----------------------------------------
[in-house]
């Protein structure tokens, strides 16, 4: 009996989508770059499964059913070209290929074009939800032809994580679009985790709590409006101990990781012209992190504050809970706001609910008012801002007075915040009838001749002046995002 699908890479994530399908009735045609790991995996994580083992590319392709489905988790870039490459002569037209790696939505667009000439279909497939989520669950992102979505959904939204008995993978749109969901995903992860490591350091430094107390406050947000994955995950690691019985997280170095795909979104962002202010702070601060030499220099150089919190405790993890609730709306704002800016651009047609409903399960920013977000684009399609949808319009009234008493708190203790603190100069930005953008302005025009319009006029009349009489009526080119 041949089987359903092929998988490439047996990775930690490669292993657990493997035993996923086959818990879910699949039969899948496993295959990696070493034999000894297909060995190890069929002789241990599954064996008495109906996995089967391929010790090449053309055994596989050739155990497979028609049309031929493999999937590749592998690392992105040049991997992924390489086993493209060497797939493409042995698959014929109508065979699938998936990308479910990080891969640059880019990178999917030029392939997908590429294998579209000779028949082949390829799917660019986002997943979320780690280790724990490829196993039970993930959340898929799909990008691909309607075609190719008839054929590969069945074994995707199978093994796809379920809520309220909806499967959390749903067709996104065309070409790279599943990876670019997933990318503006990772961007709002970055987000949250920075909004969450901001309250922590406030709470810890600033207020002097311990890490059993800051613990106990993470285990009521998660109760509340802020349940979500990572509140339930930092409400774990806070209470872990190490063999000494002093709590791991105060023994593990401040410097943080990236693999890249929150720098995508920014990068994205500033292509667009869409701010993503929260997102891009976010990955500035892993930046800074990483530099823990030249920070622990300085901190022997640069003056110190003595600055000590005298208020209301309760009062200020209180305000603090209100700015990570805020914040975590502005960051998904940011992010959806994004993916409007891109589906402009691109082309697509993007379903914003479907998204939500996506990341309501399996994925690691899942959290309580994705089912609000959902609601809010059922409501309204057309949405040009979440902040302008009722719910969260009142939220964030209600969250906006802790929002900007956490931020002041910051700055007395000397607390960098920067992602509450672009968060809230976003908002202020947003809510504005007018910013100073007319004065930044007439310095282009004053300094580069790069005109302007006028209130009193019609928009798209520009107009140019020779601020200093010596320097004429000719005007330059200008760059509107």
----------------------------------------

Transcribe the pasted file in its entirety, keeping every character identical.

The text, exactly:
[in-house]
């Protein structure tokens, strides 16, 4: 009996989508770059499964059913070209290929074009939800032809994580679009985790709590409006101990990781012209992190504050809970706001609910008012801002007075915040009838001749002046995002 699908890479994530399908009735045609790991995996994580083992590319392709489905988790870039490459002569037209790696939505667009000439279909497939989520669950992102979505959904939204008995993978749109969901995903992860490591350091430094107390406050947000994955995950690691019985997280170095795909979104962002202010702070601060030499220099150089919190405790993890609730709306704002800016651009047609409903399960920013977000684009399609949808319009009234008493708190203790603190100069930005953008302005025009319009006029009349009489009526080119 041949089987359903092929998988490439047996990775930690490669292993657990493997035993996923086959818990879910699949039969899948496993295959990696070493034999000894297909060995190890069929002789241990599954064996008495109906996995089967391929010790090449053309055994596989050739155990497979028609049309031929493999999937590749592998690392992105040049991997992924390489086993493209060497797939493409042995698959014929109508065979699938998936990308479910990080891969640059880019990178999917030029392939997908590429294998579209000779028949082949390829799917660019986002997943979320780690280790724990490829196993039970993930959340898929799909990008691909309607075609190719008839054929590969069945074994995707199978093994796809379920809520309220909806499967959390749903067709996104065309070409790279599943990876670019997933990318503006990772961007709002970055987000949250920075909004969450901001309250922590406030709470810890600033207020002097311990890490059993800051613990106990993470285990009521998660109760509340802020349940979500990572509140339930930092409400774990806070209470872990190490063999000494002093709590791991105060023994593990401040410097943080990236693999890249929150720098995508920014990068994205500033292509667009869409701010993503929260997102891009976010990955500035892993930046800074990483530099823990030249920070622990300085901190022997640069003056110190003595600055000590005298208020209301309760009062200020209180305000603090209100700015990570805020914040975590502005960051998904940011992010959806994004993916409007891109589906402009691109082309697509993007379903914003479907998204939500996506990341309501399996994925690691899942959290309580994705089912609000959902609601809010059922409501309204057309949405040009979440902040302008009722719910969260009142939220964030209600969250906006802790929002900007956490931020002041910051700055007395000397607390960098920067992602509450672009968060809230976003908002202020947003809510504005007018910013100073007319004065930044007439310095282009004053300094580069790069005109302007006028209130009193019609928009798209520009107009140019020779601020200093010596320097004429000719005007330059200008760059509107």